Tax is going digital whether companies like it or not.
The first half of this remit involves making sure that there is a rigorous system in place to detect tax evasion and thereby to discourage people from committing it in the first place; while the second half involves making sure that tax returns are processed as efficiently as possible.
Both of these purposes are served by moving tax returns to a digital format.
Going digital requires digital record-keeping as well as digital returns
If the digital switch were only about submitting annual tax returns online rather than on paper, it would probably just have been shrugged off by the SME community. The key sticking point is the forthcoming requirement to undertake record-keeping using software which is compatible with HMRC’s IT systems. In other words, companies which currently do their record-keeping on paper or via standard spreadsheets are going to have to switch to using HMRC-approved accounting software. The main reason for this is that in future, SMEs are essentially going to have to plug in their data to HMRC on a quarterly basis, rather than just filing an annual tax return.
When is a tax return not a tax return?
The question of the need to provide data to HMRC on a quarterly basis has been quite a bone of contention amongst UK SMEs. On the one hand, HMRC is adamant that these updates will be far less onerous than full tax returns. On the other hand, at this point, SMEs are still waiting for information on what, exactly, these updates will mean in practice so they can make up their own minds on that.
One point is clear; as a minimum, SMEs are going to need to deal with their taxes at least four times a year, rather than just once.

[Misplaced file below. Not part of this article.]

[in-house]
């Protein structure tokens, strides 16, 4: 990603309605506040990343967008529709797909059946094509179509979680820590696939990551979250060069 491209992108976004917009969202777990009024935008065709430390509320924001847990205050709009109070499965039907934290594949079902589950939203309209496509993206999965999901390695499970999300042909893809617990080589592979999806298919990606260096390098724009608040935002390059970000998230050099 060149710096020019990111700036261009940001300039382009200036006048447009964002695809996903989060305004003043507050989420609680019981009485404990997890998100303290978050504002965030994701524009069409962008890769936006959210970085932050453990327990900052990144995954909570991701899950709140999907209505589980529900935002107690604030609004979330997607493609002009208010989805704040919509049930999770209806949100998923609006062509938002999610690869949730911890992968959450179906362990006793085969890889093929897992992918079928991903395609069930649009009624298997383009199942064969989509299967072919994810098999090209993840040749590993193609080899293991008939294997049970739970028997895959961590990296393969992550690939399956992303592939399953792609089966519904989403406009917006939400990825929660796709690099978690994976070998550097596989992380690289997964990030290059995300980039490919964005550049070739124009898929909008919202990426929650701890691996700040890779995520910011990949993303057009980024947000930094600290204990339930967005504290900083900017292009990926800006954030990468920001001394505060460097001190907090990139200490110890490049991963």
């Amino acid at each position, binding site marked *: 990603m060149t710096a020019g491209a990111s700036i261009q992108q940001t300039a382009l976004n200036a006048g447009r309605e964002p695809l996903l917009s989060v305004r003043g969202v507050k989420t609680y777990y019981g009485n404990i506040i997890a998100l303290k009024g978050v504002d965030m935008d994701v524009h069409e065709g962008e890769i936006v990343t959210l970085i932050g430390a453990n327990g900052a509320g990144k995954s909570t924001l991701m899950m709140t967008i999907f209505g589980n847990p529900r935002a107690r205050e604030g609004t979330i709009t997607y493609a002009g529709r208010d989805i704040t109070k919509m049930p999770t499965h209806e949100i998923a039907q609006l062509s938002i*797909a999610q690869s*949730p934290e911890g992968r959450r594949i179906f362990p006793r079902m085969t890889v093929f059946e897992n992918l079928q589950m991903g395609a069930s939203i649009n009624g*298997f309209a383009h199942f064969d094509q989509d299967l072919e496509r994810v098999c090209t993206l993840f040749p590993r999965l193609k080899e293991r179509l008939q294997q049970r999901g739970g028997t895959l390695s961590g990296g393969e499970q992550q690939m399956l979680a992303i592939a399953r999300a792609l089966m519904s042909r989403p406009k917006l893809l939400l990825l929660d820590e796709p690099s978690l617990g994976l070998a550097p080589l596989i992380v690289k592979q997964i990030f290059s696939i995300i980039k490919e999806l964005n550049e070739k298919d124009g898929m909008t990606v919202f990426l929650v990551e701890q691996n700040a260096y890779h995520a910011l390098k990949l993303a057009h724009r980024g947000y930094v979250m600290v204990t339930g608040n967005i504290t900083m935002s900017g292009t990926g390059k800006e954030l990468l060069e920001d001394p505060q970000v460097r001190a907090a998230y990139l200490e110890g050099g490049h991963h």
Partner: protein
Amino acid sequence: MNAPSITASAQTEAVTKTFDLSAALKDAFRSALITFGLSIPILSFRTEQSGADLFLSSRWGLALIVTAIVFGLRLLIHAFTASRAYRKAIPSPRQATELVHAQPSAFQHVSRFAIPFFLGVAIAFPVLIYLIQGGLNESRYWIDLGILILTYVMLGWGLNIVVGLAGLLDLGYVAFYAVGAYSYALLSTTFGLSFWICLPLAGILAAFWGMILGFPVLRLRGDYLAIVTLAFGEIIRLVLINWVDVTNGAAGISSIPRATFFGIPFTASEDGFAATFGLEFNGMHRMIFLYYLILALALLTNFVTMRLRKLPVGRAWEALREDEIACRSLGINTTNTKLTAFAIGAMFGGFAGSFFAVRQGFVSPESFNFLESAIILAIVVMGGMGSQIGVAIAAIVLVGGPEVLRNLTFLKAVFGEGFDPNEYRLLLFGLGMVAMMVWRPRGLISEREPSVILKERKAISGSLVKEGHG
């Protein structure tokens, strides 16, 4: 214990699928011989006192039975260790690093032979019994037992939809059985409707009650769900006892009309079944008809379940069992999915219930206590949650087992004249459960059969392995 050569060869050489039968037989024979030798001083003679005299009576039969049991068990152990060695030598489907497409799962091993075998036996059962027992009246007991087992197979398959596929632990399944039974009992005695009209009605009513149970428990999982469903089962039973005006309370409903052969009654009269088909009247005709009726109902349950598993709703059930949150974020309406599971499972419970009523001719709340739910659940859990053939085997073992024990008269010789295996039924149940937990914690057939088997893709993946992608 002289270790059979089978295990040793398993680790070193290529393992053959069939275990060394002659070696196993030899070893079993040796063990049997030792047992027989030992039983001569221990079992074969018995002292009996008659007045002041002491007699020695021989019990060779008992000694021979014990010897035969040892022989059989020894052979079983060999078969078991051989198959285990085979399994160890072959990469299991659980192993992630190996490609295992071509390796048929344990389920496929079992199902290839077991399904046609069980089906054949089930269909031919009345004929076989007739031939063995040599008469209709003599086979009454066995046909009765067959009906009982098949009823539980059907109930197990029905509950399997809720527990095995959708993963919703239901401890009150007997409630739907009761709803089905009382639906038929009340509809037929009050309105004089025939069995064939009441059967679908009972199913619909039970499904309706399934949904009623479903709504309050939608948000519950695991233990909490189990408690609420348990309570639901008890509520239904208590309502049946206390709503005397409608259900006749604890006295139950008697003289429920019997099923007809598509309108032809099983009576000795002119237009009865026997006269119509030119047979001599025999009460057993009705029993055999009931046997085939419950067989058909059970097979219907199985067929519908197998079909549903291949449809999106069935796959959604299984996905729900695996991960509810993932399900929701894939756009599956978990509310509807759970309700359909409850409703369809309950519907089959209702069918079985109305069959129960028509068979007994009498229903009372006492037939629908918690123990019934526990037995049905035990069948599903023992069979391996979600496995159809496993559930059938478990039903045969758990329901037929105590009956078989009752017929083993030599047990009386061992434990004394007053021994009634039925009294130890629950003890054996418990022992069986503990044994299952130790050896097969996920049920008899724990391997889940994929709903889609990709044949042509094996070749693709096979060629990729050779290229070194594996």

How can companies prepare for these new rules?
- First of all, accept that they are a reality. You either deal with them or close your business (or risk the penalties for non-compliance).
- Start looking for accounting software which will allow you to comply with the new requirements. For most SMEs, a cloud-based package (ie, one which you access through a website rather than installing it on your own PC) is probably the best way to go. That way your provider will take responsibility for data security and a reputable provider will almost certainly have more knowledge in that area than the vast majority of SMEs.
- Look at your processes and ways to make them more “digital friendly”. For example, if you are still keeping shoeboxes of receipts, or even scanning them and keeping them in digital folders, now could be the perfect time to invest in software which will capture the relevant data from them and enter it automatically into your accounting software.
Even if you are upset about the changes, the cloud could come with a silver lining in that it could offer you a great opportunity to streamline your own business and improve your own bottom line.
Author: Javeed Baig
DISCLAIMER: This article should not be regarded as constituting legal advice in relation to particular circumstances. This article is merely a general comment on the relevant topic.
Published on 3rd February 2017
(Last updated 23rd March 2018)